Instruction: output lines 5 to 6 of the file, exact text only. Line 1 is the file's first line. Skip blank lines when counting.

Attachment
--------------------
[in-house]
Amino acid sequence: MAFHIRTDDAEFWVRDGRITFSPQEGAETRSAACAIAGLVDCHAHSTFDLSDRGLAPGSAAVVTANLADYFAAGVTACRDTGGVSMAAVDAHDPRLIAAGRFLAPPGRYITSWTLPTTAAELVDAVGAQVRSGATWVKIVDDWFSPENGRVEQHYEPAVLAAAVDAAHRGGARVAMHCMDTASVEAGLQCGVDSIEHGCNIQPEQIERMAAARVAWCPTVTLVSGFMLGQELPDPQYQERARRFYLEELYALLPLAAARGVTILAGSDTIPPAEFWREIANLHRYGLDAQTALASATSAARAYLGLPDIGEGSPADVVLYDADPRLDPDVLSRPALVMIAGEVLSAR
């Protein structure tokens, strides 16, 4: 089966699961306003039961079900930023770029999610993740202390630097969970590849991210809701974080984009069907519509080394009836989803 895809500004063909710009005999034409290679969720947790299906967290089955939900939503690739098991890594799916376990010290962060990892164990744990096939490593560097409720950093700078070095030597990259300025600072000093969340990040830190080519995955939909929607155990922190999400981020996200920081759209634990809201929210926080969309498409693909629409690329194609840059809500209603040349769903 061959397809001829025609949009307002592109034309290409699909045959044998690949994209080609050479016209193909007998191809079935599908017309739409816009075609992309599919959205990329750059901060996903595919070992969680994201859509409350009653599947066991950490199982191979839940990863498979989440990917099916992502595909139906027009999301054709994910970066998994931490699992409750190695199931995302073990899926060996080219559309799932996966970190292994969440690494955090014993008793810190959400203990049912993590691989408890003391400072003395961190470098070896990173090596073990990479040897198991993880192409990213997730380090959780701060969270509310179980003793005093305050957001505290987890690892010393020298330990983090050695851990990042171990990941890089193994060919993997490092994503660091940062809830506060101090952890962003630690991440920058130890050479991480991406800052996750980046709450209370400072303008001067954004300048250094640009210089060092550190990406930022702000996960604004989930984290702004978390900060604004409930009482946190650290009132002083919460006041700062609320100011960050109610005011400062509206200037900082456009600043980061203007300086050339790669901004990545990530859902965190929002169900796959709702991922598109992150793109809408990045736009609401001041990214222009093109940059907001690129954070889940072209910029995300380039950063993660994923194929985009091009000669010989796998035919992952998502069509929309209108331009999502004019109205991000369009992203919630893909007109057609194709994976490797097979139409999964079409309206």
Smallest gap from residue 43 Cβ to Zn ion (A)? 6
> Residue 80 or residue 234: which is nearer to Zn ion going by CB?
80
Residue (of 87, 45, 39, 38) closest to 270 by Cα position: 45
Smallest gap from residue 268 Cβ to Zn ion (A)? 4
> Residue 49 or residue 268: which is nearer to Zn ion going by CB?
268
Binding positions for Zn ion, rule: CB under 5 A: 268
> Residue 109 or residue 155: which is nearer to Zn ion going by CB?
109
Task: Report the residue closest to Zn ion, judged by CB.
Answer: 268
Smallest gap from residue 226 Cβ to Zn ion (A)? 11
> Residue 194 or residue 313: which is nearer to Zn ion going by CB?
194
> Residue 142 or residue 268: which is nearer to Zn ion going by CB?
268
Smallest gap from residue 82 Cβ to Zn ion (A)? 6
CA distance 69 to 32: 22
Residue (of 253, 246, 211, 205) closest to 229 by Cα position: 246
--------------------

> Residue 80 or residue 234: which is nearer to Zn ion going by CB?
80